BEIJING (Reuters) - A warming of ties between the United States and North Korea does not mean China will reach out to Taiwan for a similar summit, the Chinese government said on Wednesday.
Singapore, the site of this week’s historic summit between U.S. President Donald Trump and North Korean leader Kim Jong Un, is also where Chinese President Xi Jinping held a landmark meeting with Taiwan’s then president Ma Ying-jeou in 2015.
But relations between China and Taiwan, which China claims as its sacred territory, have worsened since.
China’s hostility has risen after the self-ruled island elected Tsai Ing-wen as president in 2016. China says Tsai, who leads the pro-independence Democratic Progressive Party, has refused to recognize its “one China” principle.
Tsai says she wants to maintain the status quo but will not be bullied by China and will defend Taiwan and its democracy.
Ma Xiaoguang, spokesman for China’s Taiwan Affairs Office, dismissed the suggestion that the Trump-Kim summit could lead to a similar thawing between China and Taiwan.
“The Taiwan issue is purely an internal Chinese affair. Its nature is entirely different to North Korea-U.S. relations,” Ma told a regular news briefing in response to a question.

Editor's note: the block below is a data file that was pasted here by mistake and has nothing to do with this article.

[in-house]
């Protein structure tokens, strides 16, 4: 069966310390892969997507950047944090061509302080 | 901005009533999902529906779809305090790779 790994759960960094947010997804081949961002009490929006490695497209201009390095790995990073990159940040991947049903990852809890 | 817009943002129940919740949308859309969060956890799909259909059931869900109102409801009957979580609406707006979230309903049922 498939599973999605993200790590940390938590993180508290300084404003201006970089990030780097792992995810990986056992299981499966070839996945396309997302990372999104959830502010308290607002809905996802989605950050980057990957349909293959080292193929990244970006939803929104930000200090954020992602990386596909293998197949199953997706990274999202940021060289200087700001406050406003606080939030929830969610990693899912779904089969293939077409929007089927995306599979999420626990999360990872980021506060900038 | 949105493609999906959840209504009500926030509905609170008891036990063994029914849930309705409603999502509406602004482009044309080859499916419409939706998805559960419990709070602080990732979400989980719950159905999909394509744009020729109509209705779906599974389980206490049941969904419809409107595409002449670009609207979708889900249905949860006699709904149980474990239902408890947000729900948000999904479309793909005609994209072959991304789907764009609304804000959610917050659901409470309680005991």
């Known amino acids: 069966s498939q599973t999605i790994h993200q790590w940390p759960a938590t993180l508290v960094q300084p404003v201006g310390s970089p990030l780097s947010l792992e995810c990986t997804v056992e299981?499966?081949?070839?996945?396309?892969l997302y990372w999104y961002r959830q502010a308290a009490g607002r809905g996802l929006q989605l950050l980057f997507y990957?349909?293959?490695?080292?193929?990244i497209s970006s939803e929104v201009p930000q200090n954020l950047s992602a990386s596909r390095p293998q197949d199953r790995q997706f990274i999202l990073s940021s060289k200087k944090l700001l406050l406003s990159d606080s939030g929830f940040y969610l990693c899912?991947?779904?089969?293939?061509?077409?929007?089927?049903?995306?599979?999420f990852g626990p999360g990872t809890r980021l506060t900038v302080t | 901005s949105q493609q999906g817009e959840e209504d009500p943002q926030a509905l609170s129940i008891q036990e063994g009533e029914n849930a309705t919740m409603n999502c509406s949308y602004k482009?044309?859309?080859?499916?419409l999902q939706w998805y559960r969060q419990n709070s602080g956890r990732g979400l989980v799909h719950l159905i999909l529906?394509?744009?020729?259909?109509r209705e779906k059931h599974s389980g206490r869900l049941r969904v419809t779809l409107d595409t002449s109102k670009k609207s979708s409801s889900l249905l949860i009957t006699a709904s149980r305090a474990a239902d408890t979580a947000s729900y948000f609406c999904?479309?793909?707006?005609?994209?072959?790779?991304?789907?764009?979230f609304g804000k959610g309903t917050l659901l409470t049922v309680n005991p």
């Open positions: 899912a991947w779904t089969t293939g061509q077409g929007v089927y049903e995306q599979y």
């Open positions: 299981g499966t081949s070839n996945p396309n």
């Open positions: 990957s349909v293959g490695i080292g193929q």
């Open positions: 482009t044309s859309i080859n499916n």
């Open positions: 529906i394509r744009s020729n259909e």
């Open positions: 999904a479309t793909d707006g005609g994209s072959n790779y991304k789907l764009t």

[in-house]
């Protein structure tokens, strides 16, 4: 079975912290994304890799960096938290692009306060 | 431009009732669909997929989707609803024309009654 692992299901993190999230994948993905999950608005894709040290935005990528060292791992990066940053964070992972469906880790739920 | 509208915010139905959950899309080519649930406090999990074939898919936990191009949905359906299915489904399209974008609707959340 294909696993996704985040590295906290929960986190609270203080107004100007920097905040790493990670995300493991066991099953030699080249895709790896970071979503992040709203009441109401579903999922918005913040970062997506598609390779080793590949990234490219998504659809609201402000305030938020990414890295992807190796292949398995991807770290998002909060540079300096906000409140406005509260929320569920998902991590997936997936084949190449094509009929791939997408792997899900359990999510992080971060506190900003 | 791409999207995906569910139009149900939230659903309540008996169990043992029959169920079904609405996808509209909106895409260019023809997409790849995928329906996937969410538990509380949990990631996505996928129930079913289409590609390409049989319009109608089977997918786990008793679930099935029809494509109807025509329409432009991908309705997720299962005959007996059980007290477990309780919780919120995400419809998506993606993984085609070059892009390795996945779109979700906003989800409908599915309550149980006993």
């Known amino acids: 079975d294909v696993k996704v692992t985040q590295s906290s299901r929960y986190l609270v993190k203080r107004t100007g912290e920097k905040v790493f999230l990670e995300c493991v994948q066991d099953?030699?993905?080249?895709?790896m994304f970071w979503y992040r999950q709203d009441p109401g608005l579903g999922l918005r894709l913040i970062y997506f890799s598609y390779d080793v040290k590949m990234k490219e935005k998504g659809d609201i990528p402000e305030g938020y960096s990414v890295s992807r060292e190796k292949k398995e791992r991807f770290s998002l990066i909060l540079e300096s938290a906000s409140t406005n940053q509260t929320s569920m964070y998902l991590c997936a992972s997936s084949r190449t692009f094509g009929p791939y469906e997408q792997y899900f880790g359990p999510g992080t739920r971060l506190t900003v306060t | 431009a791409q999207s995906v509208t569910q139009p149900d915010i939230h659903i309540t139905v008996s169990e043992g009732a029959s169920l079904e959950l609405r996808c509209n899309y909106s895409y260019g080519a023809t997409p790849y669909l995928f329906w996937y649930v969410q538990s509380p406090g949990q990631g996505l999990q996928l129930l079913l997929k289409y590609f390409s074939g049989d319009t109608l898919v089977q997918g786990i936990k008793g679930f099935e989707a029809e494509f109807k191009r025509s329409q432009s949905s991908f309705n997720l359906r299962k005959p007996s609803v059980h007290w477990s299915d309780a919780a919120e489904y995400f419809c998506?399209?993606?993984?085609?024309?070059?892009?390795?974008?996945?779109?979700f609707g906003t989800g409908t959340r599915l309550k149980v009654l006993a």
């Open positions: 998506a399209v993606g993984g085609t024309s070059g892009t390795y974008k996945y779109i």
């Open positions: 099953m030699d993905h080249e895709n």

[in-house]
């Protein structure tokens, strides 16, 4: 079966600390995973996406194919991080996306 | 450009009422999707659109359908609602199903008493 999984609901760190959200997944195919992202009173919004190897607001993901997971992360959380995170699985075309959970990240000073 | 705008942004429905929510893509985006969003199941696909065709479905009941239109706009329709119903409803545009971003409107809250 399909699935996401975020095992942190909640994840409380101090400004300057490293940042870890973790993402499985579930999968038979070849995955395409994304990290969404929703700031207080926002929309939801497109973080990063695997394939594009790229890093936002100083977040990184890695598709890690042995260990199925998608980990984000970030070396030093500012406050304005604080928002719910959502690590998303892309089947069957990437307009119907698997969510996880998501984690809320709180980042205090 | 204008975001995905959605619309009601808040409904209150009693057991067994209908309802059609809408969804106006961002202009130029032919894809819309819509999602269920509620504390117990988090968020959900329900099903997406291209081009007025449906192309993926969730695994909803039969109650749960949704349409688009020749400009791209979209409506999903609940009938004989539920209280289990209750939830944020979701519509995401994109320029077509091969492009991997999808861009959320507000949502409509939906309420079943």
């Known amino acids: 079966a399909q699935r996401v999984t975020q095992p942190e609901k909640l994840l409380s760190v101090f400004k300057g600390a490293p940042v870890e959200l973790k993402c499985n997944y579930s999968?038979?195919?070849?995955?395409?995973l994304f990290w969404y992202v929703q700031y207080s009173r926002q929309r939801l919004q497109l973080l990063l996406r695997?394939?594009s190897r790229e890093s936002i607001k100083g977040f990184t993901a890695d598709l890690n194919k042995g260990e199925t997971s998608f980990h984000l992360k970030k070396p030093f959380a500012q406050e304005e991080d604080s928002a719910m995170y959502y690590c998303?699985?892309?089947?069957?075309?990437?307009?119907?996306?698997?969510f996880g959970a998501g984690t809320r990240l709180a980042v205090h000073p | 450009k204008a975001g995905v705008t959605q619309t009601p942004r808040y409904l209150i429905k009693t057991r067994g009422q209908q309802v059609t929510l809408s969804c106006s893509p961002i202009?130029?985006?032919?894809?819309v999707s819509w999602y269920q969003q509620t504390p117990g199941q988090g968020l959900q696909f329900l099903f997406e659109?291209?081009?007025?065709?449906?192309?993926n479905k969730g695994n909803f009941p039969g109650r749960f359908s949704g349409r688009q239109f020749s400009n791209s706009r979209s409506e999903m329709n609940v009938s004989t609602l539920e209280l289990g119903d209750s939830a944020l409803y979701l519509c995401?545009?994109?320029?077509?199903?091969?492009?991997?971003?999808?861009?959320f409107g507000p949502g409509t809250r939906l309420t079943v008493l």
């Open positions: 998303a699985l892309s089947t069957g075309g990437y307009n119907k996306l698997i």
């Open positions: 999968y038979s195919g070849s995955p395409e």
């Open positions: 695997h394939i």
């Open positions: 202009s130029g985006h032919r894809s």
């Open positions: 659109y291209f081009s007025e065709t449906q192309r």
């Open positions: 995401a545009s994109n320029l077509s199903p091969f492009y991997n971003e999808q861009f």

“Taiwan and the mainland both belong to one China, and relations across the Taiwan Strait are not state-to-state ties.”
The 2015 Xi-Ma summit was held on the political basis of opposing Taiwan independence and showed both sides of the Taiwan Strait had the ability and wisdom to resolve their own problems, Ma said, adding that any improvement in ties depended on Taiwan’s ruling party.
Taiwan is China’s most sensitive territorial issue and a potentially dangerous military flashpoint. China has ramped up its military presence around Taiwan in the past year, including flying bomber jets around the island.
Reporting by Ben Blanchard; Editing by Clarence Fernandez